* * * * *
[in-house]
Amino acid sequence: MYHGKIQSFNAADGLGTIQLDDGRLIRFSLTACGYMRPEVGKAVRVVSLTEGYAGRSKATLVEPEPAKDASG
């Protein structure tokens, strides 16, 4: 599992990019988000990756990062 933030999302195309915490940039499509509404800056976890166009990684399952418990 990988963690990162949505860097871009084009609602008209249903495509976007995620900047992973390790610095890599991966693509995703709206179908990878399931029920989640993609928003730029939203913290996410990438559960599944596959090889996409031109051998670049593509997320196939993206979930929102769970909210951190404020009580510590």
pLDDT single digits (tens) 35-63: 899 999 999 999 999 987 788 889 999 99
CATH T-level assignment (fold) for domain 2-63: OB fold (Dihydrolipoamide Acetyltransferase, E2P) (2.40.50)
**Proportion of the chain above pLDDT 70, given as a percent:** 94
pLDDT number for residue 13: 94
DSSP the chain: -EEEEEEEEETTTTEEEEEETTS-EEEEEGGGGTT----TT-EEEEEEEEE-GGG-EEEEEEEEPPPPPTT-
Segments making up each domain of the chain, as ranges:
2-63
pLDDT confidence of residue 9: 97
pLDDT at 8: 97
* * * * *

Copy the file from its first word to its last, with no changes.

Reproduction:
[in-house]
Amino acid sequence: MYHGKIQSFNAADGLGTIQLDDGRLIRFSLTACGYMRPEVGKAVRVVSLTEGYAGRSKATLVEPEPAKDASG
């Protein structure tokens, strides 16, 4: 599992990019988000990756990062 933030999302195309915490940039499509509404800056976890166009990684399952418990 990988963690990162949505860097871009084009609602008209249903495509976007995620900047992973390790610095890599991966693509995703709206179908990878399931029920989640993609928003730029939203913290996410990438559960599944596959090889996409031109051998670049593509997320196939993206979930929102769970909210951190404020009580510590």
pLDDT single digits (tens) 35-63: 899 999 999 999 999 987 788 889 999 99
CATH T-level assignment (fold) for domain 2-63: OB fold (Dihydrolipoamide Acetyltransferase, E2P) (2.40.50)
**Proportion of the chain above pLDDT 70, given as a percent:** 94
pLDDT number for residue 13: 94
DSSP the chain: -EEEEEEEEETTTTEEEEEETTS-EEEEEGGGGTT----TT-EEEEEEEEE-GGG-EEEEEEEEPPPPPTT-
Segments making up each domain of the chain, as ranges:
2-63
pLDDT confidence of residue 9: 97
pLDDT at 8: 97